Third chord: I was not sure about this one. At first I had “C major”, but then I remembered how notes in the chord can sometimes shift into different octaves, and there is a Bb in the RH, along with an E and G, and so I thought all together it might be a C major 7th chord (V).
14. F major (I)

6. Playing. I haven’t been to the piano yet with this piece. Will report back when I do.

Thanks for your time and efforts Pianostudent88!

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#2026071 - 02/02/13 10:04 PM Re: Beginning analysis 01: America / God Save the Queen [Re: PianoStudent88]
PianoStudent88 Offline
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Registered: 06/16/11
Posts: 3183
Loc: Maine
Well done, Valencia. I like your observations about the melody. If you look at the other two versions, you will see that they both put a crescendo before m.13 just as you proposed.

The chord you're calling Cmaj7 is actually called just plain C7. C7 is CEGBb. Cmaj7 would be CEGB. I'm collecting my thoughts for how to describe 7 and maj7 chords, but I want to tie it together with intervals (and this ties it together with the answers to your questions about using flats or sharps over on the other thread, which I'm also collecting my thoughts about).
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#2026173 - 02/03/13 04:20 AM Re: Beginning analysis 01: America / God Save the Queen [Re: PianoStudent88]
keystring Offline
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About the pesky "7" in "7 chords" such as C7. It's an anomaly, but there is a reason for it.

Let's start with a G7, because it is so familiar in beginner music in the key of C major. In this key it is part of the V7 I cadence (G7 C) which ends a piece and a section. End a piece or a section with either V-I or V7-I is almost always done. This chord is so familiar, that its form is the default "7 chord" that first comes in mind to musicians, and that's why we're stuck with this naming.

In classical theory, G7 in the key of C major is called the "Dominant 7". That is because the V degree is called the "dominant" degree (the I degree is the Tonic) and the V chord plays an important role. So in classical theory, it also plays an important role.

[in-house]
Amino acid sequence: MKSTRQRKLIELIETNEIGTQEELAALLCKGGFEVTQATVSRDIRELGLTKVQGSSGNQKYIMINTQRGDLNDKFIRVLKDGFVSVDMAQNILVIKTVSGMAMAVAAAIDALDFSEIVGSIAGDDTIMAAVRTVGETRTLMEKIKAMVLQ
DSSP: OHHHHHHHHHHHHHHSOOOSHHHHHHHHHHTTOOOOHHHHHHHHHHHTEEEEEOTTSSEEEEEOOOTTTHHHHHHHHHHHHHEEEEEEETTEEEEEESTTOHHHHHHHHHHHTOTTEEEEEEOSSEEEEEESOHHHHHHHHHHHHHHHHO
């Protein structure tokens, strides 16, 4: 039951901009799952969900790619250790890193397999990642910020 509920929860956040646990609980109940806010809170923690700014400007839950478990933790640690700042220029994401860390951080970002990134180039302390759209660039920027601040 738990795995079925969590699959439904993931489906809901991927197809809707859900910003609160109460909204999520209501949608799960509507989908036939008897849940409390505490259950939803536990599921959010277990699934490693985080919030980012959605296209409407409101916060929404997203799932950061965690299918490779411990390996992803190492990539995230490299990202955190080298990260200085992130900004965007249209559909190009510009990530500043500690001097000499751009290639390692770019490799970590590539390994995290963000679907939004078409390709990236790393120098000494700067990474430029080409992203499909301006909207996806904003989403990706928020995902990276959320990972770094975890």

The confusion comes, because if you really think about what the 7 in a G7 ought to be, then you think that in G major, the 7th is F#, so why doesn't G7 represent GBDF#? And wouldn't GBDF mean G(min7). Well, it really should - but in the way the system evolved, it doesn't. People's minds have slipped over to the fact that G7 refers to the V of C major, and they are thinking of the F that exists in C major, rather than the F# which is the 7 of G major, and that's how it came to be.

The best is just to remember what the 7 represents, and then if you actually do have an F#, that this is called (maj7) to distinguish it from the minor 7 which is the default.

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#2028260 - 02/06/13 05:36 PM Re: Beginning analysis 01: America / God Save the Queen [Re: PianoStudent88]
tinman1943 Offline

Silver Supporter until Jan 04 2013


Registered: 08/29/09
Posts: 61
Loc: NC
AMERICA/GOD SAVE THE QUEEN analysis
1. OVERVIEW: There's some interesting history, including the purported original score (sect 8 p36) here:
http://books.google.com/books?id=5WUUAAA...ing&f=false

2. TIME SIGNATURE: If this is really a Galliard, which has a 6 beat pattern,
why isn't the time signature 6/4?

I'm thinking that the "time signature" is an imprecise indication of the actual rhythm.